AFTER the International Criminal Court, ICC announced an investigation into possible war crimes committed in Nigeria, Allamin Foundation for Peace Development, AFPD, a civil rights group has lauded the move and called on the ICC to ramp its efforts to ensure justice prevails especially for victims of enforced disappearances by security forces.
Hajia Hamsatu Alamin, founder of the Maiduguri-based group disclosed this to The ICIR on Friday, saying the call for speedy justice dates back to the early days of insurgency in the North East where security forces would make arrests and the suspects would disappear without a trace.
“Between 2012 to 2015, in the early days of insurgency before the declaration of State of emergency in the name of counter-terrorism, whenever there is an attack the Nigerian military would conduct house to house operations to arrest of young people who till date have not been heard from.
“While several of these young people who were arrested have no records with the military or the security forces to know their whereabouts others were shot and killed openly without accountability or a transparent process to determine if they were actually Boko Haram members or not,” she said.
The ICC is set to review the conflict in the Northeast and the operation of the Nigerian security forces and Boko Haram including its various splinter groups since 2010.
The insurgency has claimed the lives of thousands of Nigerians and left many more displaced.
Alamin who also doubles as the leader of a coalition of women in Bornu State whose family members “disappeared” after being arrested by members of the Nigerian security forces described the ICC intervention as a breath of fresh air.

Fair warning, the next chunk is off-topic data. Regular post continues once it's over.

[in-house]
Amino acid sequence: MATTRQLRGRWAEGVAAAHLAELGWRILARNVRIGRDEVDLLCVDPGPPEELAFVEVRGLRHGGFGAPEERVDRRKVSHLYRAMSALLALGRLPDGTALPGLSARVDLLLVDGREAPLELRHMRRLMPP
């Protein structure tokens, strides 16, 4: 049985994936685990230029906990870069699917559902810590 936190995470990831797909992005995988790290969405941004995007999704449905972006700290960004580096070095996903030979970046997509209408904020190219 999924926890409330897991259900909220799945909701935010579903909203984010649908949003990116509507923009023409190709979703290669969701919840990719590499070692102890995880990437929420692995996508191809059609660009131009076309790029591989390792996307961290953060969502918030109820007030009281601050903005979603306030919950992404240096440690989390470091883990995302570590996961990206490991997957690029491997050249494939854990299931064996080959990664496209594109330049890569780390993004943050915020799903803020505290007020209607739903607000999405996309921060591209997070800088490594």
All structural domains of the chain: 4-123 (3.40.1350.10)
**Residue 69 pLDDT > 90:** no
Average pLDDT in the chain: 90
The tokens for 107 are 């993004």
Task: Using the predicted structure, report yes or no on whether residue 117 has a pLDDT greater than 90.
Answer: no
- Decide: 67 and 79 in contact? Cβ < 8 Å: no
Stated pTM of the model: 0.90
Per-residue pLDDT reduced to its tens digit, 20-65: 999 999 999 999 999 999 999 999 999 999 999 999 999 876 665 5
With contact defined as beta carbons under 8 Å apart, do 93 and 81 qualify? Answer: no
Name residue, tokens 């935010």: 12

“Many times when investigations were carried out on activities of the military in the North East. It has always revealed that the security forces in a bid to fish out terrorists have intentionally directed attacks against the civilian population who are not involved in hostilities.
“And findings of such investigations are usually swept under the carpet or it is denied by the military but with the involvement of the ICC we are excited that an independent body is looking at these crimes and we hope for speedy execution of justice,” she said.
Efforts to curb terrorism led to the formation of the Civilian Joint Task Force, CJTF, a network of vigilantes supported by the military.
Human Rights Watch, a New York-based human right organisation in a report says conscription of minors combatants or spies in hostilities is prevalent with Boko Haram and its splinter groups and the CJTF is not exempted.
However, Alamin told The ICIR that she has no substantive evidence on the conscription of minors in conflicts by either the military or the terrorist groups as her organisation amplifies the voices of women whose family members were forcefully disappeared in the conflict.
“I cannot comment on that because I don’t have evidence to show but if it is about the atrocities committed by both the Nigerian security forces and Boko Haram against civilians then I can talk about it because the evidence abounds,” she said.
Amos Abba is a journalist with the International Center for Investigative Reporting, ICIR, who believes that courageous investigative reporting is the key to social justice and accountability in the society.